I will be introducing the panel discussion at Mass Observation’s ESRC Festival of Social Science on the 8th November. In the build up to the event I’ve been thinking about happiness in the 1980s. When I’ve read through the Mass Observation Directive Retrospectives on 1986 and the decade as a whole in 1990, one of the things that jumps out is the sense of possible, or just avoided, disasters. 1986 saw the Challenger Space Ship Disaster, Chernobyl, and Hillsborough for example. Whilst the roundups of the decade in 1990 broadened these specific disasters out to more general concern about the environment, homelessness, AIDS and Famine. Not a lot to be happy about it seems. But in between these public concerns MOP shows moments of public and private happiness were being found in hopes for the future; a child’s first steps, or the marriage of children and birth of grandchildren were marked and celebrated alongside the marriage of Sarah Ferguson and Prince Andrew.
I’ve half inched the rest of this from the Mass Observation Archive. Reblogged from Jessica Scantlebury, MOA
In November we are hosting a series of events as part of the ESRC’s Festival of Social Science. The festival aims to highlights social science in society and support events that are engaging for everyone. The focus for our programme is, again, Mass Observation and happiness. The events are free and open to everyone. The details are:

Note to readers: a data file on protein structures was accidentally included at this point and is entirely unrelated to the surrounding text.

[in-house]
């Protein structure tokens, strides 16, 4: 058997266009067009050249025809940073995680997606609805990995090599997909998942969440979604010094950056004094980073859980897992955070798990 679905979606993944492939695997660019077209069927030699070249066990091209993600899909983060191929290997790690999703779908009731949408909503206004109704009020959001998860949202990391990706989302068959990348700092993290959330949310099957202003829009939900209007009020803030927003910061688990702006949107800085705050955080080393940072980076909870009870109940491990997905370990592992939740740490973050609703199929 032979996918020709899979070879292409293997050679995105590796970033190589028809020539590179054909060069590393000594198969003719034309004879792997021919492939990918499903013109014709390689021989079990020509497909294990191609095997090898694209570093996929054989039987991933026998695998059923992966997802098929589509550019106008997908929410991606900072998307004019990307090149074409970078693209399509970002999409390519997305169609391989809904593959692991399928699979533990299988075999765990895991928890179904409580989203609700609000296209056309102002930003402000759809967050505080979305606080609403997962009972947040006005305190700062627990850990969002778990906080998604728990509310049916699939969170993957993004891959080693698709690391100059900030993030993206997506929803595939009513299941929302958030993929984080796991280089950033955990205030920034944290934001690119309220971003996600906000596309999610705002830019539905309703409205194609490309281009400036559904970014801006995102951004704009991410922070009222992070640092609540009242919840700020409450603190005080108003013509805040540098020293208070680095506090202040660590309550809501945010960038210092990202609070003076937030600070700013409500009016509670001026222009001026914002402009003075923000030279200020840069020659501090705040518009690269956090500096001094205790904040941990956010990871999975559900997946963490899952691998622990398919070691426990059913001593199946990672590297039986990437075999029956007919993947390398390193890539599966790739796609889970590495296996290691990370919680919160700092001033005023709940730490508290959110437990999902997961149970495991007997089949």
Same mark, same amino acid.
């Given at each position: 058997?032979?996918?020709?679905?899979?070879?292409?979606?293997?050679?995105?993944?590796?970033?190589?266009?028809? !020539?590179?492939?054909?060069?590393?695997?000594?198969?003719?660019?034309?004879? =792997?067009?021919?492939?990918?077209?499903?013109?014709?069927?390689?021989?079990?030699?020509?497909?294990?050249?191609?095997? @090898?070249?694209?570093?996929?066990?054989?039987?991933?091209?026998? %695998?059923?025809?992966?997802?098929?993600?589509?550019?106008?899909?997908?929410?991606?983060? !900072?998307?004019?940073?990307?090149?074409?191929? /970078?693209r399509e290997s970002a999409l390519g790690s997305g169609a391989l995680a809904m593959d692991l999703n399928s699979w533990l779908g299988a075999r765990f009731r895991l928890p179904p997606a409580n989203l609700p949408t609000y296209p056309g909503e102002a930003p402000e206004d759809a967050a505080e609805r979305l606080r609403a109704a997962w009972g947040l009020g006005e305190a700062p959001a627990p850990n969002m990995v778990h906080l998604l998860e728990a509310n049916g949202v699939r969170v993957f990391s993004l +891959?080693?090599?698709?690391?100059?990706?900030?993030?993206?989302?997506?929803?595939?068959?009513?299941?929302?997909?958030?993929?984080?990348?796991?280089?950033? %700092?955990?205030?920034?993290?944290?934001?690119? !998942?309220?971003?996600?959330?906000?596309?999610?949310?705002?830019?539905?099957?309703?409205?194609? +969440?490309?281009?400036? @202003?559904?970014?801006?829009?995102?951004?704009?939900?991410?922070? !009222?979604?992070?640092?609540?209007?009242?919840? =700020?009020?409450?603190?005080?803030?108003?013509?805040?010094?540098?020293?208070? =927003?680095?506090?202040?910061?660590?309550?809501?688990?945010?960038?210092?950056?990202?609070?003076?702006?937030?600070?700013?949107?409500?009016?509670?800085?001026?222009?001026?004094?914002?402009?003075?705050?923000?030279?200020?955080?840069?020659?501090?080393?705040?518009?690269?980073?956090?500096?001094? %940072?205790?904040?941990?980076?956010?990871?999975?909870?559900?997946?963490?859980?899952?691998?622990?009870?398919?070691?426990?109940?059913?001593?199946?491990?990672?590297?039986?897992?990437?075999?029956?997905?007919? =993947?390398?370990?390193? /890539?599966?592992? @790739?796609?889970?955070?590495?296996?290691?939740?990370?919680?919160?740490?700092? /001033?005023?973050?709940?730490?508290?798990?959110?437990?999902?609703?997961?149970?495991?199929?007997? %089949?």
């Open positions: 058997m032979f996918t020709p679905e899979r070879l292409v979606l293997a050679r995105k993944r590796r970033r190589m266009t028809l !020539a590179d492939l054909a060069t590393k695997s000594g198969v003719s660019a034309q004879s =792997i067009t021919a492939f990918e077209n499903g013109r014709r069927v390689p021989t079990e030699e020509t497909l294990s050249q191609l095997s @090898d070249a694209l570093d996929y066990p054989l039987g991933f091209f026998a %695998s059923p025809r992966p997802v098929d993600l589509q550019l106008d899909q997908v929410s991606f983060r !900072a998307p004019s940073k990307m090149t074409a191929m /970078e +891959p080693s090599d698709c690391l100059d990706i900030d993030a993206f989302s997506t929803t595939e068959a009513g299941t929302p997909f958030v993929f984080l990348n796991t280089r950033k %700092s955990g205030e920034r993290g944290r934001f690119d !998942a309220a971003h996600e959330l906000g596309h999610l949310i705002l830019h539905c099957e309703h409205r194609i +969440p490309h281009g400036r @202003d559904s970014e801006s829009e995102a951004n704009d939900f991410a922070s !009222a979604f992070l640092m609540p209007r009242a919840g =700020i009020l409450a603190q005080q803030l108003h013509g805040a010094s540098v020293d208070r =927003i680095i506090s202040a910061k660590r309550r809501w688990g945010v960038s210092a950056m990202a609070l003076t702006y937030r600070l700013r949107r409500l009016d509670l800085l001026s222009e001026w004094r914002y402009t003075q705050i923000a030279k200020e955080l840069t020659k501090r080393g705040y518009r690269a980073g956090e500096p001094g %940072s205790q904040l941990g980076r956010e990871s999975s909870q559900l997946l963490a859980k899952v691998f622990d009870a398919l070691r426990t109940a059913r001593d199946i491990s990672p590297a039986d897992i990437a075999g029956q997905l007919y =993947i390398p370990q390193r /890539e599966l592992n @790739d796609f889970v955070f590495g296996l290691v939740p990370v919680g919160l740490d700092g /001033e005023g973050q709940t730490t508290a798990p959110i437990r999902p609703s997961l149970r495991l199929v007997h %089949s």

What is Happiness? Investigating the everyday with Mass Observation
Monday 4th November (9.30am – 13.30pm) and repeated on Tuesday 5th November (9.30am – 13.30pm) at the Latest Music Bar, Brighton
Investigate the Everyday: Creative Writing and the Mass Observation Archive
Explore the relevance of social science research through the theme of happiness and discover how ordinary British peoples beliefs of the 1930s and 1990s can inspire your own creative writing.
In this practical workshop with Poet Evlynn Sharp and staff from the Mass Observation Archive you will be introduced to tools and values of research. You will also find ways of creating writing that can be helpful in everyday life and work, supporting self-reflection and powerful self-expression
The workshop is open to all.
Wednesday 6th November (2.30 – 4.30pm)
‘I love being in the garden’ Happy encounters in everyday life’ Public talk given by Mark Bhatti (University of Brighton) at the Latest Music Bar, Brighton
Thursday 7th November (2.30 – 4.30pm)
‘The Meanings of Happiness in Mass Observation’s Bolton’ Public talk given by Claire Langhamer (University of Sussex) at the Latest Music Bar, Brighton
Friday 8th November (Doors open at 7.00pm)
Panel discussion on “What is happiness?” chaired by Lucy Robinson (University of Sussex) with Annebella Pollen (University of Brighton), Ben Jones (UEA), and Emily Robinson (University of Sussex) at the Quadrant pub. Brighton
Advance booking for the ‘What is Happiness?’ is required. Please email: email@example.com or call 1273 337515 to request a place.
The events will be documented on this blog by our blogger in residence and you can join in the discussion on Twitter by using the hashtag #HappyMOA